after stating the case: The question first presented for our consideration is the negligence of the defendants. If the evidence does not prove or tend to prove a breach of duty by the defendants towards the plaintiff’s intestate, and that such breach of duty resulted proximately in the injury complained of, then it must follow that the motion to nonsuit ought to have been allowed for failure of proof on the first issue.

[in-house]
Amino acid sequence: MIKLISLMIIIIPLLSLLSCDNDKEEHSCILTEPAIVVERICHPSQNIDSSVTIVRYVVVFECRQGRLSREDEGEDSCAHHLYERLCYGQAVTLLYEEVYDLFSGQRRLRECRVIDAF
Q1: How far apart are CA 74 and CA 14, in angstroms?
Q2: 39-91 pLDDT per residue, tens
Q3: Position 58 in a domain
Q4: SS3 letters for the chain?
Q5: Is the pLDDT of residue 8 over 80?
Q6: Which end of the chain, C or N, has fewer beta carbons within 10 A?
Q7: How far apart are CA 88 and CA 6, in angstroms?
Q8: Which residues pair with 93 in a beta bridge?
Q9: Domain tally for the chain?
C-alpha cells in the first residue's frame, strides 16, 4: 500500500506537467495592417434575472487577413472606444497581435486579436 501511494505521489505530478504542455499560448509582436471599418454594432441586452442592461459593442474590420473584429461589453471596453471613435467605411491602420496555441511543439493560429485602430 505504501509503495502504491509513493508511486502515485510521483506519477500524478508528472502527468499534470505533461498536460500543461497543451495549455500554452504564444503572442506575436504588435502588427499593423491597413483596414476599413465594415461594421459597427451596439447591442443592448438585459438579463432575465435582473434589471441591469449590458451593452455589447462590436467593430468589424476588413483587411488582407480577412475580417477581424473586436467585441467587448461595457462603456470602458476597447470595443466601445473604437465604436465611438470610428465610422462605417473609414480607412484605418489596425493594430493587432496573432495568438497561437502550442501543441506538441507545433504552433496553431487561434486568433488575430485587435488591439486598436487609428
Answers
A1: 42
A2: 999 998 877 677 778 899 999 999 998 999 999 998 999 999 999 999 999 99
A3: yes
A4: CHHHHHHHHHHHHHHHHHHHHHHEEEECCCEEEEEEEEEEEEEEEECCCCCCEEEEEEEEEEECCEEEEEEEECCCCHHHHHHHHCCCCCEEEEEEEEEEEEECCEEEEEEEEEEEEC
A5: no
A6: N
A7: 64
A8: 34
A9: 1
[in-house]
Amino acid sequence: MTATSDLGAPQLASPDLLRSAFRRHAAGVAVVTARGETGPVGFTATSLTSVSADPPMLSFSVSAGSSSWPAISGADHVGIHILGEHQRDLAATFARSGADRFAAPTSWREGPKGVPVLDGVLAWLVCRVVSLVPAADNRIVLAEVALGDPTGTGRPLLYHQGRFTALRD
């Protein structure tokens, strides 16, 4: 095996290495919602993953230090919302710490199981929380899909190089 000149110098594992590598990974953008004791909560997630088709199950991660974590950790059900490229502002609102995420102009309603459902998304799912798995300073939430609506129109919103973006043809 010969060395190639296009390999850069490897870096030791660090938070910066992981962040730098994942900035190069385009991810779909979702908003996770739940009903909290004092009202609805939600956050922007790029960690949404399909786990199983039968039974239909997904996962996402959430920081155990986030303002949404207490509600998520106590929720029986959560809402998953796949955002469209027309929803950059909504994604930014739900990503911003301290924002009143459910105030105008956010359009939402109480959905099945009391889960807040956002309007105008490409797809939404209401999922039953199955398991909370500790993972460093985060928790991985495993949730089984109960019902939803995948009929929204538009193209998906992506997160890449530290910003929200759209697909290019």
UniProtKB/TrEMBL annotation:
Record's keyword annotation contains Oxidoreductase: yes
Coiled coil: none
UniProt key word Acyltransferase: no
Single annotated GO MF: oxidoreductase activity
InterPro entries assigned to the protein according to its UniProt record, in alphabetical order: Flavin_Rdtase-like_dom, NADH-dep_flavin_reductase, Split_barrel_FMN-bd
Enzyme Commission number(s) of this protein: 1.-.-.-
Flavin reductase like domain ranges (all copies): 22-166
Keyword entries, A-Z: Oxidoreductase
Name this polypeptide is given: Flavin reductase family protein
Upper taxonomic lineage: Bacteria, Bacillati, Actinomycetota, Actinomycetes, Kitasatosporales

In Wilson v. Railroad, 142 N. C., 333, Mr. Justice Brown, speaking for this Court, said: “The attempt to make a running switch across a much-frequented street is not only a negligent but a most dangerous and unwarranted operation, and has been so held by a number of courts. Bradley v. Railroad, 126 N. C., 735; Brown v. Railroad, 32 N. Y., 597; Falener v. Railroad, 68 Miss., 355; Railroad v. Summers, 68 Miss., 566; French v. Railroad, 116 Mass., 537; Railroad v. Garvey, 58 Ill., 83; Railroad v. Baches, 55 Ill., 379. It matters not whether the purpose was to ‘shunt’ the car off on a switch or to give it force enough to roll along on the same track; it is negligence to permit a car to be ‘cut loose’ and roll, uncontrolled by anyone, across a much-used crossing.” In Allen v. Railroad, 145 N. C., 214, the same learned Justice said: “The word ‘kicking’ seems to be used in railroad parlance as synonymous with making a ‘flying switch.’ This Court has never held such operations to be per se negligence in respect of the employees performing them. It is the attempt to make a running switch when the detached car has no brakeman on it and is under .no control that is declared to be negligence, because highly dangerous. Wilson v. Railroad, 142 N. C., 336, and cases there cited.” Vaden v. Railroad, 150 N. C., 700. In Bradley v. Railroad, 126 N. C., 735, this Court held: “A crossing which the public have- been habitually permitted to use is treated as a public-highway crossing. Russell v. Railroad, 118 N. C., 1098.” In 3 Elliott on Railroads (2d *488Ed.), see. 1265g, this learned writer says: “The practice of making running or flying switches is inherently dangerous, and is so considered by the courts in numerous decisions. The courts have not hesitated to hold railroad companies liable for injuries to trespassers on the track, thus inflicted, on the ground of negligence. The case of this negligence seems specially plain where the cars are sent in swift motion, with no one at the brakes, upon switch tracks commonly used by persons for footpaths and crossings, without objection from the company, though not a public crossing. It would seem a duty owed by the railroad company, even to trespassers, to station lookouts in such positions on the moving cars, that they can watch the tracks ahead of them and warn persons thereon of their danger.” Conley’s Admr. v. Railroad, 89 N. Y., 402; Railroad v. Crosnoe, 72 Tex., 79. In Vaden v. Railroad, 150 N. C., 700, Mr. Justice Brown, speaking for the Court, in stating the facts of that case, said: “The evidence for the plaintiff tends to prove that he was killed about thirty feet from where Tomlinson Street crosses the tracks. The evidence of the defendant locates him farther from the crossing. All the evidence shows that these switch tracks were situated in a populous part of the city and adjacent to and close by factories, where many people of all ages were employed. At the time the intestate was killed, the factory had just closed for the day and the employees were filling the streets and crossings. The court permitted evidence to the effect that there is much passing by school children, factory hands and citizens generally .along Tomlinson Street and in the vicinity of the accident, to which defendant excepted. ¥e see no objection to this evidence. It tended to establish conditions that should have put the defendant on notice as to the necessity for caution in moving its cars at that point. Railroad v. Smith, 18 L. R. A., 66.”